Harrison Clock Visit

February 12, 2019 News

This morning, volunteers from the Derby Museum of Making arrived for a tour of the clock works. After a short introduction from Managing Director Bob Betts, which touched on the history of the family company and its commitment to the future of clockmaking, Bob handed over to Customer Service Manager, Tony Charlesworth, who led the nine visitors on a tour of the factory.

Of particular note was the Harrison Clock. Tony outlined how Smith of Derby apprentices had been responsible for the dismantling, restoring and reassembly of the clock, and how the clock was back to full working order and ready for reinstallation in the Museum of Making at some point before its reopening in 2020.

The visitors enjoying a tour by Customer Service Manager Tony Charlesworth.

Among the visitors was Kalwinder Singh Dhindsa, author and teacher and long-term resident of Derby. “I’ve grown up in Derby”, he said, “and now work here and it’s exciting to see Smith of Derby, a company synonymous with Derby itself, continuing the work they have done for generations. Clocks give you a time and a place, clocks themselves and the memory of them can take you back in time. It’s sad when you see a clock somewhere and it’s stopped, as soon as a clock dies it’s not the same. Time is a beautiful thing and horology and it’s great to see your work here at Smith of Derby and how you are evolving and restoring clocks and keeping them alive.”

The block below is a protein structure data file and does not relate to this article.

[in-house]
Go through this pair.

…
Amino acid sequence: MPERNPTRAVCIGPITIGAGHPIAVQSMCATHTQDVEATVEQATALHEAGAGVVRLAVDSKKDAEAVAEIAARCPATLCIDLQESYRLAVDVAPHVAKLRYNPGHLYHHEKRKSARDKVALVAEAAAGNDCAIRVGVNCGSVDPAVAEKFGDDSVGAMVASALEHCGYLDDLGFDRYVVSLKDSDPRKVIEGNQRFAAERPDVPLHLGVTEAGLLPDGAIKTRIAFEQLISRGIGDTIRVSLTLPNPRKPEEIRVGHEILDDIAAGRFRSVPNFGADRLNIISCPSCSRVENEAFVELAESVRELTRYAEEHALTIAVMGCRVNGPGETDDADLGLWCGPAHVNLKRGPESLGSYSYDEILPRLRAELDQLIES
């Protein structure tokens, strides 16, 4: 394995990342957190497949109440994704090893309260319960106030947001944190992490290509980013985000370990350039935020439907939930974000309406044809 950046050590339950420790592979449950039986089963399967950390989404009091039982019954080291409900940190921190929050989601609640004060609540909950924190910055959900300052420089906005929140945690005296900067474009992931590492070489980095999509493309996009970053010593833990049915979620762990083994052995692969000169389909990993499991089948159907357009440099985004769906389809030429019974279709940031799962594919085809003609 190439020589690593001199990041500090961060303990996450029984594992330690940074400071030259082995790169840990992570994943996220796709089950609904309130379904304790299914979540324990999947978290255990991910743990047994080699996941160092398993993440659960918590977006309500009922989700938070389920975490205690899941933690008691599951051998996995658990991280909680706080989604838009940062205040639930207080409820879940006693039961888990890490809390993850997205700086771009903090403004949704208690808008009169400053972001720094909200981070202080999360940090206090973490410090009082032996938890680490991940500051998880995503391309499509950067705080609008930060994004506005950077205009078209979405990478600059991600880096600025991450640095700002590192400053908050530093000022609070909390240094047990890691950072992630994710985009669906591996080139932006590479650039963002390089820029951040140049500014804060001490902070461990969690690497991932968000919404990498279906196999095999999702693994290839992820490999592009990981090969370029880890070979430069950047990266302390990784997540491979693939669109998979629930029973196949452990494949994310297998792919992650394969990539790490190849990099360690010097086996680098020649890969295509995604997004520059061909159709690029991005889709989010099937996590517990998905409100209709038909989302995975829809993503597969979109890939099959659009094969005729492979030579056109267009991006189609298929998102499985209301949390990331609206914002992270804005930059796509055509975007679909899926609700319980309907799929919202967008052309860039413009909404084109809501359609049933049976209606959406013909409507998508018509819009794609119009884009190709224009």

Joining Tony on the tour was also Nick Whitworth, 6th Generation of Smith Family, who enjoyed being reminded of what unusual and interesting company Smiths is when seen through new eyes. Nick remarked how “it’s great to be amongst those who are perhaps encountering the work we do for the first time. They asked lots of questions and were inquisitive and wanted to know how clocks worked and why they were the way they were. Of course, those of us connected with the company are proud of the work we do, the traditional and the cutting-edge, but it’s nice to share this feeling with others and to see that our work is prompting an enthusiastic response.”

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Sam Welton: